This style emphasized creating structures with ample windows and open floor-plans with the intention of opening up interior spaces and bringing the outdoors in. Many Mid-century homes utilized then groundbreaking post and beam architectural design that eliminated bulky support walls in favor of walls seemingly made of glass. Post & Beam refers directly to a specific structural system of overhead ceiling beams supported by vertical posts that was commonly used for fl at roofed buildings but was also widely used for pitched or cross gabled roofs as well. Function was as important as form in Mid-Century designs with an emphasis placed specifi cally on targeting the needs of the average American family. Shed and Post and Beam buildings are usually rectangular with fl at roofs or shed roofs that extend out over exposed ceiling beams often with clerestory windows above. Large panes or walls of glass blur the distinction between indoor and outdoor space, extending living room into garden and back again. Features of Mid-century Modern homes are sometimes combined with International Style, Contemporary, Ranch and Stucco Box styles.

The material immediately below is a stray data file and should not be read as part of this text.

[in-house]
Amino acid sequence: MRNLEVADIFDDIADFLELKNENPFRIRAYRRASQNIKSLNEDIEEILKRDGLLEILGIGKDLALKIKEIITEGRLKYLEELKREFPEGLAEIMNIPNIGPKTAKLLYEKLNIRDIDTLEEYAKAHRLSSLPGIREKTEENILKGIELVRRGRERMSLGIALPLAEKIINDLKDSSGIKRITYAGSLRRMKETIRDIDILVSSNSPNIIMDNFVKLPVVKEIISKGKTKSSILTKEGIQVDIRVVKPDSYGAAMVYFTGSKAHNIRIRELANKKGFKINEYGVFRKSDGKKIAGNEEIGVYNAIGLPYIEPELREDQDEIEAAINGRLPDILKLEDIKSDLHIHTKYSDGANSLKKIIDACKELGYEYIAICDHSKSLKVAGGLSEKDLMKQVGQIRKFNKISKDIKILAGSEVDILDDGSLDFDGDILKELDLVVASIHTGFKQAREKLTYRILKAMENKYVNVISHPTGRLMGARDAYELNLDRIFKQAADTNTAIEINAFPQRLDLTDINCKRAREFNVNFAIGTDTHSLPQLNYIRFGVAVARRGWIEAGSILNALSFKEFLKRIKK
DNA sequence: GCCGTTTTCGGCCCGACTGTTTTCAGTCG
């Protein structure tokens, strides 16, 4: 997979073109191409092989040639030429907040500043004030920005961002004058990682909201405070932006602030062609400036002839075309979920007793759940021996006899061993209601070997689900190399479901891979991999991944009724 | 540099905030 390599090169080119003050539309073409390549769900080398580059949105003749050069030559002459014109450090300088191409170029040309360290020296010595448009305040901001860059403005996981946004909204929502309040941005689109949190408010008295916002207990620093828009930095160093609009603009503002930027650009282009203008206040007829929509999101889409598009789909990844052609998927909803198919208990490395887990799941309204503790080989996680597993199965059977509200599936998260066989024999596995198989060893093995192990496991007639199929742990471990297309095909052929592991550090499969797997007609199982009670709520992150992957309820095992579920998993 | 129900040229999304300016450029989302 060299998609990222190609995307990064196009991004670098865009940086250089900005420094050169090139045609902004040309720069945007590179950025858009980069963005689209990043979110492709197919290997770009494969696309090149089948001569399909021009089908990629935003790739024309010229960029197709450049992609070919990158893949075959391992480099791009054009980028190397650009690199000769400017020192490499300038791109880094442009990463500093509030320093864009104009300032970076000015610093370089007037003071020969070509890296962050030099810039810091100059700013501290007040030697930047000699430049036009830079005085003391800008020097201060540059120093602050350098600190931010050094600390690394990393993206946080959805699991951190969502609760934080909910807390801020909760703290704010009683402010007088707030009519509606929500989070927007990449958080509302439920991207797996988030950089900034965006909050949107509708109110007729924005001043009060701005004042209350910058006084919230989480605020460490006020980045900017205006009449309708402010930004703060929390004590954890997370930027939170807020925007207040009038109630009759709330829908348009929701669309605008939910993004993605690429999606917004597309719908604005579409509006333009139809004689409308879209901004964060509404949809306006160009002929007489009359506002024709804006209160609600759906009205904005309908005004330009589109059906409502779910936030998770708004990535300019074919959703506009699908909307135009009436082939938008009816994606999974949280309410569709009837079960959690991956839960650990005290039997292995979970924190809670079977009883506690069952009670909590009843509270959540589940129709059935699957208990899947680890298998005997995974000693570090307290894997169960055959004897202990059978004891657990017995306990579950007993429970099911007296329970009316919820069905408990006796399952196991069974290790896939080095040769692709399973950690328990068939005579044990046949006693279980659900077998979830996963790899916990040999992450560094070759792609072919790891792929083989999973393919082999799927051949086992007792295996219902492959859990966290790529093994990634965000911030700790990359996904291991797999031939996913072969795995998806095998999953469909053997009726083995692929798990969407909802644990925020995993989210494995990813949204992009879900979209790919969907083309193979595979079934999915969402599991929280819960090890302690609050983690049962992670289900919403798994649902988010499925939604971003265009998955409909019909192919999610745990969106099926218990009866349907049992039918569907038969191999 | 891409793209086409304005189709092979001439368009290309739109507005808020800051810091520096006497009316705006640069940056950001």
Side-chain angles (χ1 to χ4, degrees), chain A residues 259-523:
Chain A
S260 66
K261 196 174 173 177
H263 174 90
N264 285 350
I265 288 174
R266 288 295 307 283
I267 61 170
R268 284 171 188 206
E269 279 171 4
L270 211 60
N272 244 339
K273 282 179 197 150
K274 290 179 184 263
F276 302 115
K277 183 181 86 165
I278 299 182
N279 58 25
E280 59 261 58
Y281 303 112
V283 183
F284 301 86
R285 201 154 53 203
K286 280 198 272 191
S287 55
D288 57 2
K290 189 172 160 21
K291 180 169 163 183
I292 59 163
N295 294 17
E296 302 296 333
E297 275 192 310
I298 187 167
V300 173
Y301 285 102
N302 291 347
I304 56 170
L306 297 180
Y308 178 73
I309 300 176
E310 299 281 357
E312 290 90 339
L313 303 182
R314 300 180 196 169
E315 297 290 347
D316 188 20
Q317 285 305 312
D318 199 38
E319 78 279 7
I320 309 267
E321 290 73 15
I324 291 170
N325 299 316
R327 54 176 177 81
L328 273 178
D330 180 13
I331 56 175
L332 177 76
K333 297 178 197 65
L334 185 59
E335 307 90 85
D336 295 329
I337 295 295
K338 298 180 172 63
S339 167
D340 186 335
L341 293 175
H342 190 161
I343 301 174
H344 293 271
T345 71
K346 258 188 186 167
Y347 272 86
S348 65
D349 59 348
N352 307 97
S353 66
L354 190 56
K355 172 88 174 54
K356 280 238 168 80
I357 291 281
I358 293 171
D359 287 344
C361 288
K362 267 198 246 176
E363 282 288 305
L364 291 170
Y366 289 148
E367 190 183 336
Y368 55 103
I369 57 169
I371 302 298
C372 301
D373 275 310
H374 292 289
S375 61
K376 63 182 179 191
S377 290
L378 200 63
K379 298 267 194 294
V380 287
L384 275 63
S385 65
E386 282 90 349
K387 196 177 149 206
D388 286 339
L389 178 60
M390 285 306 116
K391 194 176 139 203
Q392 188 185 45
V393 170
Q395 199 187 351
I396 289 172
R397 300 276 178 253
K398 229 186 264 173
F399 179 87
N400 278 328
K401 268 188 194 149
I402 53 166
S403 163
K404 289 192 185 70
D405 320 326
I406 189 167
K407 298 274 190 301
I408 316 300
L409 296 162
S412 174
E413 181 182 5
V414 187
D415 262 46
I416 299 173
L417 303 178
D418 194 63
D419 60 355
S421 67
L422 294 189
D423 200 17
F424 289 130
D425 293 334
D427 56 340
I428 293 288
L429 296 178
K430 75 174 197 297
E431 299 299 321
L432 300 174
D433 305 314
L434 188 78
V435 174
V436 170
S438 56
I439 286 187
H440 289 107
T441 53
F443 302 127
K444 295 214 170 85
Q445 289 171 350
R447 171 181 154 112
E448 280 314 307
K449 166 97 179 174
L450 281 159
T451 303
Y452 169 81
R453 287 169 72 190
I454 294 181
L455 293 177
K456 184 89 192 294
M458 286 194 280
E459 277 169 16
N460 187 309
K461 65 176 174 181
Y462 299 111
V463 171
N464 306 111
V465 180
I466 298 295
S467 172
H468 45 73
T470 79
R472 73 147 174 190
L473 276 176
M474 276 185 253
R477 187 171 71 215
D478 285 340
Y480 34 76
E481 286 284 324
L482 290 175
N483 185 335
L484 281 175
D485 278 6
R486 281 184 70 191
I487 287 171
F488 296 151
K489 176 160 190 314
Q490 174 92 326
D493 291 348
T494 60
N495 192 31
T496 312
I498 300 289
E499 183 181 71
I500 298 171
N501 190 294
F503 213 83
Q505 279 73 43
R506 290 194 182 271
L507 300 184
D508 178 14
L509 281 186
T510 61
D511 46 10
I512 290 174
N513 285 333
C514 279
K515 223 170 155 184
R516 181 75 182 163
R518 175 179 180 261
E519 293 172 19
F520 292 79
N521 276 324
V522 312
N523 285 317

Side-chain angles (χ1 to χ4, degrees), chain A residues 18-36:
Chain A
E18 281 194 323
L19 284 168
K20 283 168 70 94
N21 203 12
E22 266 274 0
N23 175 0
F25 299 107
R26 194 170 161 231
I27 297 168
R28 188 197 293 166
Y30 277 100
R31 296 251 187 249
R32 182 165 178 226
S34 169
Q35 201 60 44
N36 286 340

• Basic Geometric shapes
• Low pitch, fl at or shed roofs with extensive overhangs
• Exposed post and beam structural system
• Floor-to-ceiling glass, clerestory windows
• Integration of interior and exterior space